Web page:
Rob Ashford has worked with some of the biggest names in show biz, but even he gets starstruck.
The 86th Academy Awards ceremony Sunday won't just be about sitting back and watching the results of his third gig as Oscar's choreographer -- he won an Emmy for a routine he created for Hugh Jackman and Beyonce in 2009.
There are a couple of hands he'd like to shake that night, said Mr. Ashford, a Point Park University graduate (class of '83) and a Tony Award winner among his eight nominations.
"I have such respect for what these actors and singers do, and I'll tell you who I'm the most excited to meet over the course of the events. One I'm looking forward to seeing again and saying congratulations to, and that's ['Her' director] Spike Jonze. I think he's just brilliant. The other is [director] Steve McQueen. '12 Years a Slave' is a brilliant piece of theater; I loved it and I was very moved by it. So I'm a true fan, and I really hope to meet him -- I'll probably throw myself at him during the introductions."
There's not much Mr. Ashford can say about the details of the night. As a director-choreographer, he has worked with production designer Derek McLane and with the producers of the telecast, Neil Meron and Craig Zadan, on Broadway shows where he has created dance moves for a previously nondancing actor, among them Daniel Radcliffe ("How to Succeed in Business Without Really Trying"). Working with the Meron-Zadan team, Mr. Ashford recently helped Carrie Underwood make her musical theater debut as star of NBC's "The Sound of Music Live!"
This year's Oscars host is comedian Ellen DeGeneres, and anyone who watches her daytime talk show knows she likes to move and groove with her audience -- but will we see her dance Sunday night?
"In the past, I certainly enjoyed unleashing the hidden dancer in folks. [Host] Seth MacFarlane last year, he was like, 'I can't dance, I can't dance.' And I was like, 'Yes you can, yes you can.' But we all know Ellen dances, so we don't need to unleash the hidden dancer in her."
Mr. Ashford was speaking from sun-soaked Los Angeles, where he was helping to prep the show at the Dolby Theatre and almost giddy to be out of the polar vortex of Chicago, where earlier this month he made his debut as an opera director for Lyric Opera in a universally acclaimed production of "The Barber of Seville," starring Nathan Gunn. When the Oscars are done, his next gig is a new production of "Carmen" for Houston Grand Opera.
He also has been associate director of London's Old Vic since 2012 after serving in the same capacity for Donmar Warehouse, where he directed Jude Law in the Olivier Award-winning "Anna Christie" and Rachel Weisz in "A Streetcar Named Desire," among other big-name productions.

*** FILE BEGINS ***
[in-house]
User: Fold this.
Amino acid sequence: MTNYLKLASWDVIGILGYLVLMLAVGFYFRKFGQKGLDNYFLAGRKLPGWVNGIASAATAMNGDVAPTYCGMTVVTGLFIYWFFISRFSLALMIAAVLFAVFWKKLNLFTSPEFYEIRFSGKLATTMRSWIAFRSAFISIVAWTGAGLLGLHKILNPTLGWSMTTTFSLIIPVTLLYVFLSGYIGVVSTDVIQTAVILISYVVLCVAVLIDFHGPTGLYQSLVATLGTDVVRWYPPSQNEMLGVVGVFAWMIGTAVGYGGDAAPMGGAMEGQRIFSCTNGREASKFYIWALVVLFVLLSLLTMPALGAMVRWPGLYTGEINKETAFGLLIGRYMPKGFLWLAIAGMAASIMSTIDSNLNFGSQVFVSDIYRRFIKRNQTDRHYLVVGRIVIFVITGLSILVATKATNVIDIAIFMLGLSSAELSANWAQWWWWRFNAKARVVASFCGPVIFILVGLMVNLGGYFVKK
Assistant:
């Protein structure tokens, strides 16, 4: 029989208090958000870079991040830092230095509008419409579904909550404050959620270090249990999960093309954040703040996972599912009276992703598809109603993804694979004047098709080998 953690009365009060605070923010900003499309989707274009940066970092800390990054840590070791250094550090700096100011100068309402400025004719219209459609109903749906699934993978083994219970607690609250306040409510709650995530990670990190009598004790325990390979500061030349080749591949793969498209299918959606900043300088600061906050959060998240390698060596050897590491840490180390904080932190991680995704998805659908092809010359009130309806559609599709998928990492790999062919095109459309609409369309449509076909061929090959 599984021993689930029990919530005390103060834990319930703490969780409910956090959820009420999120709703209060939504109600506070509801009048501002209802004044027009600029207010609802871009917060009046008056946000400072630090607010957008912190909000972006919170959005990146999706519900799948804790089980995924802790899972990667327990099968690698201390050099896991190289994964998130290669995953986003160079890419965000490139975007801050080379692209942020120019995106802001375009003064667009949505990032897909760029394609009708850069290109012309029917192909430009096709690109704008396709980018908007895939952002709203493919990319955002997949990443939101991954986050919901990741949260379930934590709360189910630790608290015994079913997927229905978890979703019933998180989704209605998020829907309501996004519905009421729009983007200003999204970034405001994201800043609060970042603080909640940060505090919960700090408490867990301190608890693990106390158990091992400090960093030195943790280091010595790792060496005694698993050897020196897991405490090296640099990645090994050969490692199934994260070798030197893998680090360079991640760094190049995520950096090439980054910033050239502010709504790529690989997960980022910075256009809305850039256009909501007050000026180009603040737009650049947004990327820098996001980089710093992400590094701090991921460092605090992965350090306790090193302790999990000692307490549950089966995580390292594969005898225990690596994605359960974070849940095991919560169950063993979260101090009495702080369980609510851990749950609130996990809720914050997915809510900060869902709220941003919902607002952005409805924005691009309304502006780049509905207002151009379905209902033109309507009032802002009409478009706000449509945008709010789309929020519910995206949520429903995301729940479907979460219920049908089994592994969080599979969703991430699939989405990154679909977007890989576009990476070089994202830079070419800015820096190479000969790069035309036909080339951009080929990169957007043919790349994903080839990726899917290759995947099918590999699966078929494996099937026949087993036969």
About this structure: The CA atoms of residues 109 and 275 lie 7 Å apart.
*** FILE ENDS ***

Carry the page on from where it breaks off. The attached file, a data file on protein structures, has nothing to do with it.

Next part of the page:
Mention Donmar, and it brings to mind Oscar-nominated Chiwetel Ejiofor and his fandom for "12 Years of Slave" is sparked anew. "Chiwetel I know from London, of course, because he performed at the Donmar ... and I'm a [Michael] Fassbender fan since he was on the scene. I also think Sarah Paulson was amazing in it and is right up there with any of the nominated ladies."
That particular title would be tricky business for a dance number, and with nine nominated films, does the choreographer have something in mind that incorporates all of the nominees? Any tidbits about Idina Menzel singing the immensely popular "Let It Go" from "Frozen"? About what Bette Midler will be doing?
Other than saying what a thrill it is to have the Divine Miss M onboard, no dice.
"We are sworn to secrecy on any of the details, we sign things, possessions are held. ... No, I'm kidding. But I can't divulge anything other than it's going to be a great show. Just the musical performances alone being so dynamic because of the songs that are nominated -- the cover of The New York Times [Arts section recently] was all about that, and that's true, they are."
He will admit only to having a hand in how each of the nominated songs is presented.
The toughest part of putting on the show may just be getting it all in before the clock strikes 11:30 p.m.
"Just as you would imagine, we start big, and then we pull back," he explained. "We shave things off there and minutes off there, and it all adds up. We brainstorm and wrack our brains to find ways of saving time and still letting every moment be to its fullest. Unlike the Tonys, where they give out half the awards during commercial breaks, the Academy does every award for the night onscreen."
He will eagerly talk about bringing "Macbeth" to the Park Avenue Armory, where Sir Kenneth Branagh will make his New York stage debut in June. "I can't wait for New York to see Ken," said Mr. Ashford, who co-directed the original bravura production for the Manchester (England) International Festival. With Mr. Branagh in the title role and Alex Kingston as his Lady, the Daily Telegraph called it "a triumph ... which will go down as one of the Scottish Play's great revivals."
Mr. Ashford, so happy to be in L.A. for the weather and the task at hand, splits his time mostly between London and New York and also has a getaway in Morocco, a place to calm down from the frantic pace of his busy career.
With such a full schedule, he said he is "long overdue" for a trip to Pittsburgh and was sad to have missed the December send-off for retiring Point Park University professor Nicolas Petrov.
"He was such a big influence on me at the beginning, and not just in the teaching of the dance, but in believing that anything is possible. He had that creativity, the feeling like he had no real boundaries," Mr. Ashford said. "That was my first taste of the big 'What if?' I learned so much there, it really launched me."
Sunday night, it's Rob Ashford's turn to set the stars in motion.
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